Friday, July 2, 2010

The Goodness of God

It seems as though everywhere I turn, I find people either arguing against the existence of an all-loving God or trying to defend the goodness of God in bizarre ways. Darwin's theory was esentially a theodicy, an attempt to distance God the Creator from those things in nature that Darwin saw as bad or evil. Modern atheists likewise use bad theological arguments--appeals to 'bad design' or to suffering and death in nature--in attempts to deny the existence of the God of the Bible. Some Christian evolutionists (like Kenneth Miller and Francis Ayala) believe that by postulating God as having designed the evolutionary process--but then allowing it to work without His subsequent intervention--they are absolving God of having created things like parasitism and predatory behavior, and of creatures whose design they consider suboptimal. On the other end of the spectrum, many young-earth creationists deny the vast majority of scientific findings because they, too, cannot reconcile millions of years of animal death and suffering with an all-loving God.

Recently, the issue came up as a discussion thread on a list of which I'm a member. And this is a group of science-minded Christian apologists, men and women who recognize that the Earth and universe are billions of years old and who also largely or entirely reject macroevolutionary theory, recognizing it as based not on evidence but upon philosophical preference. Even some of these (otherwise clear-thinking) folks seem to feel the need to defend God from responsibility for creating 'bad' things.

It began, apparently, with a YouTube video arguing against the existence of a good God, in which the the author appealed to one of the Intelligent Design camp's main evidences for a Designer:
If God created the bacterial flagellum then he cannot be a good God. Why? The flagellum of many types of bacteria allows them to wreak havoc upon the human body. These bacteria cause, among other things, typhoid, cholera, and stomach cancer.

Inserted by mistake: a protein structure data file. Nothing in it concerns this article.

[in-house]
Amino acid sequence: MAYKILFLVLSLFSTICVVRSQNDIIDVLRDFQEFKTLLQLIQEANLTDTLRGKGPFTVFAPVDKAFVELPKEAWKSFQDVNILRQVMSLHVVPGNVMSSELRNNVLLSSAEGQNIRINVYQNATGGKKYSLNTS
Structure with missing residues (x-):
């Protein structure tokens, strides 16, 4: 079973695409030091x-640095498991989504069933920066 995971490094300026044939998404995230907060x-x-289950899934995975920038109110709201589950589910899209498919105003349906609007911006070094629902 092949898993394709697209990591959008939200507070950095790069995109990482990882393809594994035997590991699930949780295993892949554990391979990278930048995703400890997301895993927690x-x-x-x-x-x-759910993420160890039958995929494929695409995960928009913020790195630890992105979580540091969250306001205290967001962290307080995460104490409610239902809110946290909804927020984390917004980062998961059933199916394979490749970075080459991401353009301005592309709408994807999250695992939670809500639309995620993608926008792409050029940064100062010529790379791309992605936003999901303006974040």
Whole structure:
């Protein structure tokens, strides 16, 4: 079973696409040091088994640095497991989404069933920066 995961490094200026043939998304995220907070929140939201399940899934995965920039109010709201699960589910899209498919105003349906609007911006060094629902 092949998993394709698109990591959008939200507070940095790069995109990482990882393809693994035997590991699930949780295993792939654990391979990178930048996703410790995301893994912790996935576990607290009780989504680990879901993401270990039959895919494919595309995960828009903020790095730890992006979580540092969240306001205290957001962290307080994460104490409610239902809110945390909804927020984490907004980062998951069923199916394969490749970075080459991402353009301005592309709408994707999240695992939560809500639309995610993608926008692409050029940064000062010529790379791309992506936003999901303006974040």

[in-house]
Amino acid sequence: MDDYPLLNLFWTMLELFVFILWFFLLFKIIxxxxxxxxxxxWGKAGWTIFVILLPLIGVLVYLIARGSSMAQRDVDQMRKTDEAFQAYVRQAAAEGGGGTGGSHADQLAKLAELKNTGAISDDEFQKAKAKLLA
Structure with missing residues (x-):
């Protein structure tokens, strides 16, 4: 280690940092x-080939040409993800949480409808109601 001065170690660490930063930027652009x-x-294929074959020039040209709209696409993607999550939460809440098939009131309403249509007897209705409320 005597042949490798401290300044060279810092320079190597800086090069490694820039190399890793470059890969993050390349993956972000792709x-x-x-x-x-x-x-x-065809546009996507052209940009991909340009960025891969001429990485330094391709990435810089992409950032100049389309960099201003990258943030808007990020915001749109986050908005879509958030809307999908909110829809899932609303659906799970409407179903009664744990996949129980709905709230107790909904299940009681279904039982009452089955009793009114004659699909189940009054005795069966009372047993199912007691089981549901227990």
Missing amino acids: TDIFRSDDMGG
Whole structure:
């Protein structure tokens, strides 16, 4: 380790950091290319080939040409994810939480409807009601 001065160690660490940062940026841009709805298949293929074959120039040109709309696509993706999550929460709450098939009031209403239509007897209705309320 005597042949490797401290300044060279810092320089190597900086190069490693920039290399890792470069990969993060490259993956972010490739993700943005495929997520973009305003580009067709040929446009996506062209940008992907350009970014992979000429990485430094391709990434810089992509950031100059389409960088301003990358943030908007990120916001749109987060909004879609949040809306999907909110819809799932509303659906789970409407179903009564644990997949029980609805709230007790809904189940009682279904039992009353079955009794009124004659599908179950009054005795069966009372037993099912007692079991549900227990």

In response to this argument, my apologist friends offered a number of good scientific points in rebuttal. These included the facts that...

Microbes, including bacteria, play and have played key roles in the ecosystem. Given the physics of this creation, it required billions of years of bacterial activity to transform the Earth's atmosphere and oceans to make human life possible, as well as to convert toxic metals into ore deposits that are accessible and useful to humans.

Bacteria play key roles in maintaining human health. As just one example, it is now known that lack of exposure to certain microbes early in life may lead to an increased risk of both autoimmune disorders and cardiovascular disease.

Pathogenic bacteria comprise an extremely small percentage of all known species, the vast majority of which are beneficial or necessary.

Some of the human pathogenic microbes have resulted from host-jumping (e.g., HIV) or from micro-evolutionary changes.

But it seems to me that all of this misses a more important point, which is that the argument itself fails. That is, the argument does not establish a logical link between the existence of disease-causing bacteria and the existence of an all-loving God. Indeed, it seems that the person making this argument has to first assume God-like knowledge of the entire issue, and can thus assert the missing premise, that "there is no possible reason for an all-loving Creator to have included pathogenic bacteria in His creation."

What is really going on here is captured in a passage by C.S. Lewis in his essay "God in the Dock"...
The ancient man approached God (or even the gods) as the accused person approaches his judge. For the modern man the roles are reversed. He is the judge: God is in the dock. He is quite a kindly judge: if God should have a reasonable defence for being the god who permits war, poverty, and disease, he is ready to listen to it. The trial may even end in God's acquittal. But the important thing is that Man is on the Bench and God in the Dock.
To put it a slightly different way, the God who has revealed Himself in the Judeo-Christian Scriptures (and in His creation) is far bigger than our petty likes and dislikes. He declares Himself to be the Creator of all things, and unapologetically claims responsibility for predatory behavior in the animal kingdom (as in Ps. 104:21, 27-30; Job 38:39-41; 39:26-30) and for diseases, famines, and calamities (e.g., Is. 45:7).

The existence of the all-powerful, all-loving God of Christianity is supported by overwhelming evidence wherever we look, and that God calls us to seek a deeper understanding of Him and His ways. But complete understanding by our finite, contingent minds of His infinite, necessary one is not to be expected (Is. 55:8-9). It is human pride that seeks to reverse the roles and make the infinite Creator of the universe answerable to the relatively ignorant rantings of the dependent creature. Those rantings seem reasonable only to those who begin by denying or remaining largely ignorant of most of what Scripture and the creation reveal about the nature and majesty of God.

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